Messiahs everywhere ... so far this year, I have reviewed two live performances (one via streaming, one in person), with another live one on the horizon. Here is a reissue of a Christmas Concert (Weihnachtskonzert) from Munich's Philharmonie am Gasteig on December 11, 1988 whihc begins with a sequence of six Messiah excerpts, starring as soloist the great soprano Helen Donath. It has been issued before - as you can see, the YouTube excerpts have a different cover - and it sees daylight once more to grace Yuletide 2022.
These concerts were a regular event in Munich, with the Regensburger Domspatzen (literally, “Regensburg Cathedral Sparrows”) and the Munich Phlharmonic under Kurt Eichhorn. When it comes to Corelli and Handel. this is pretty much good old-fashioned modern instrument interpretation of Baroque music, but injected with energy. Here are a couple of movements from the Corelli Christmas Concerto (Concerto grosso, Op. 6/8) to give you an idea:
The Messiah (Messias) excerpts are all sung in German - so “Glory to God” becomes “Ehre sei Gott”; but what a choir this is:
Helen Donath was a lyric soprano, but listen to how she negotiates Handel's melismas in “Erwache, frohlocke” (Rejoice greatly):
The series of six excerpts is crowned by a somewhat riotous ”Hallelujah” chorus.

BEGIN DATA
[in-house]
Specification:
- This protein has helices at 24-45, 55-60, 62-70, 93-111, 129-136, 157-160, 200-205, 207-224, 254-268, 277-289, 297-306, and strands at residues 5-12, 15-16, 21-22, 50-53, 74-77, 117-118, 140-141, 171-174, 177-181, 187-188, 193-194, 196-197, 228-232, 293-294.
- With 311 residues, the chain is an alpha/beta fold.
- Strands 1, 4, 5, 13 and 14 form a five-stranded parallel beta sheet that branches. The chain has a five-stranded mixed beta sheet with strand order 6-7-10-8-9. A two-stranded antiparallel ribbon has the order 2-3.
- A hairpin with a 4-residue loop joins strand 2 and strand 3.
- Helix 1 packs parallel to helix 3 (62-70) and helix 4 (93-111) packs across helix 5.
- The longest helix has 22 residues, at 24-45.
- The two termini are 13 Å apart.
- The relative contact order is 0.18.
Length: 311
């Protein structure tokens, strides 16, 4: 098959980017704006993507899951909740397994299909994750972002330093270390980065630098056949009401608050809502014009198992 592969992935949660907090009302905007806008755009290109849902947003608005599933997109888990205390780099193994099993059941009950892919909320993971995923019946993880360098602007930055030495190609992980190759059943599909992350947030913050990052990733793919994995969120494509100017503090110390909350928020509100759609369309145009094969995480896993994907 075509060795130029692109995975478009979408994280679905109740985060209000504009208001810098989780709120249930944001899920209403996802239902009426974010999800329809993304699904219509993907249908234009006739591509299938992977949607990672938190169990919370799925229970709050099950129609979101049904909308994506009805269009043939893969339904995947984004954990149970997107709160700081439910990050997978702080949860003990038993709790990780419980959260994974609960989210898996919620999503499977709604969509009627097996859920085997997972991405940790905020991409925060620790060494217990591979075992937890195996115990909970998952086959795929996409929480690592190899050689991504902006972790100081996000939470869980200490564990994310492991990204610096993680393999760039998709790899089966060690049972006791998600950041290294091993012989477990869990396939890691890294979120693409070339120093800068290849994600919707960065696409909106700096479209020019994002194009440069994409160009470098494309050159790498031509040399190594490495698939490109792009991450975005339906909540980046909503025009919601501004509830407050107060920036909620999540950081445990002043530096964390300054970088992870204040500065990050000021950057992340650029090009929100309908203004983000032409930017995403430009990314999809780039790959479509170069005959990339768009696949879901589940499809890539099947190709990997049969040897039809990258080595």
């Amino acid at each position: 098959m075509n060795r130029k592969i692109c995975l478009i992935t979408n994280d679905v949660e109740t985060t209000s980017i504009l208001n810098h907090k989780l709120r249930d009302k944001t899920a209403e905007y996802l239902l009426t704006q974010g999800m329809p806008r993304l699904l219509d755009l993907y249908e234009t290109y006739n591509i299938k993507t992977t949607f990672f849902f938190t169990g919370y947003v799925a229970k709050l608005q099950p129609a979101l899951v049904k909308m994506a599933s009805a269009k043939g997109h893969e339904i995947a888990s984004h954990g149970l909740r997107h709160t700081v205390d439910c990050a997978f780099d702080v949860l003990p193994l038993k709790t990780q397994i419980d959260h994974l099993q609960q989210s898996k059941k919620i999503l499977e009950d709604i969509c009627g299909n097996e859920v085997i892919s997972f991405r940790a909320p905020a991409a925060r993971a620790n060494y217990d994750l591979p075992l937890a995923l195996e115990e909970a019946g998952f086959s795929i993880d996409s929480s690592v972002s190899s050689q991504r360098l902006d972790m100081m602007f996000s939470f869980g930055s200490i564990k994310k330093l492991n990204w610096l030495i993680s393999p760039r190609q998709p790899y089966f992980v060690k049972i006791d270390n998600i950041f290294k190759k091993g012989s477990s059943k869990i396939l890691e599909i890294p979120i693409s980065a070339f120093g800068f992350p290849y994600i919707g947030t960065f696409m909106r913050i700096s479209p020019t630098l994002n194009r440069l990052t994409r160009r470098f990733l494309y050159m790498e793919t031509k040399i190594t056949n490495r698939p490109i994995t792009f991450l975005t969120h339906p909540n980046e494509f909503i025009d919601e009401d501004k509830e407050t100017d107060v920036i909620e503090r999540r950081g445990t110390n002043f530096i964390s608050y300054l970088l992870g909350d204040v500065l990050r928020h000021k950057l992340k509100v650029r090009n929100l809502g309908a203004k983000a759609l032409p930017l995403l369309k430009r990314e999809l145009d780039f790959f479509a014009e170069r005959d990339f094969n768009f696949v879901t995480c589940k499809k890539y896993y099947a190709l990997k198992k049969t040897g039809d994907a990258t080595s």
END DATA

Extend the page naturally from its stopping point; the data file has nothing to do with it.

Three Mozart pieces bookend the carol part of the programme: initially the choral Ave verum corpus (K 618), restrained and beautiful, and this, a supremely beautiful “Laudate Dominum” from Vesperæ solennes de confessore, K 339:
The carols are heartwarming, and performed a cappella. Johann Stobäus' Nun laßt uns mit den Engelein is a lovely chorale carol, each phrase beautifully sculpted, as are the phrases of Bach's Ich steh' an deiner Krippen hier. I admit a weakness for Johannes Eccard's O Freide über Freund'. But I think it is Adeste fideles, beloved of all, surely, that sums up the glory of this choir:
... and what a perfect way to close, with that lovely Mozart Exultate, jubilate, K 165, festive and joyous (and listen tot he trills in her solo vocal cadenza in the first part. After a tender “Tu virginum corona,” thsi happens: the final ”Alleluja,” with Donath's voice bright and agile, each note like a pinprick of light:
There is a rather nice, extended interview with Helen Donath by Bruce Duffie available here, laced with many photos, plus scans of Donath's famous record sleeves.
A real treasure of a disc, and a step back in time! Currently reduced to only £10.67 from Amazon (link below), and a generous 77 minutes in duration, this is a lovely, heart-warming Christmas disc.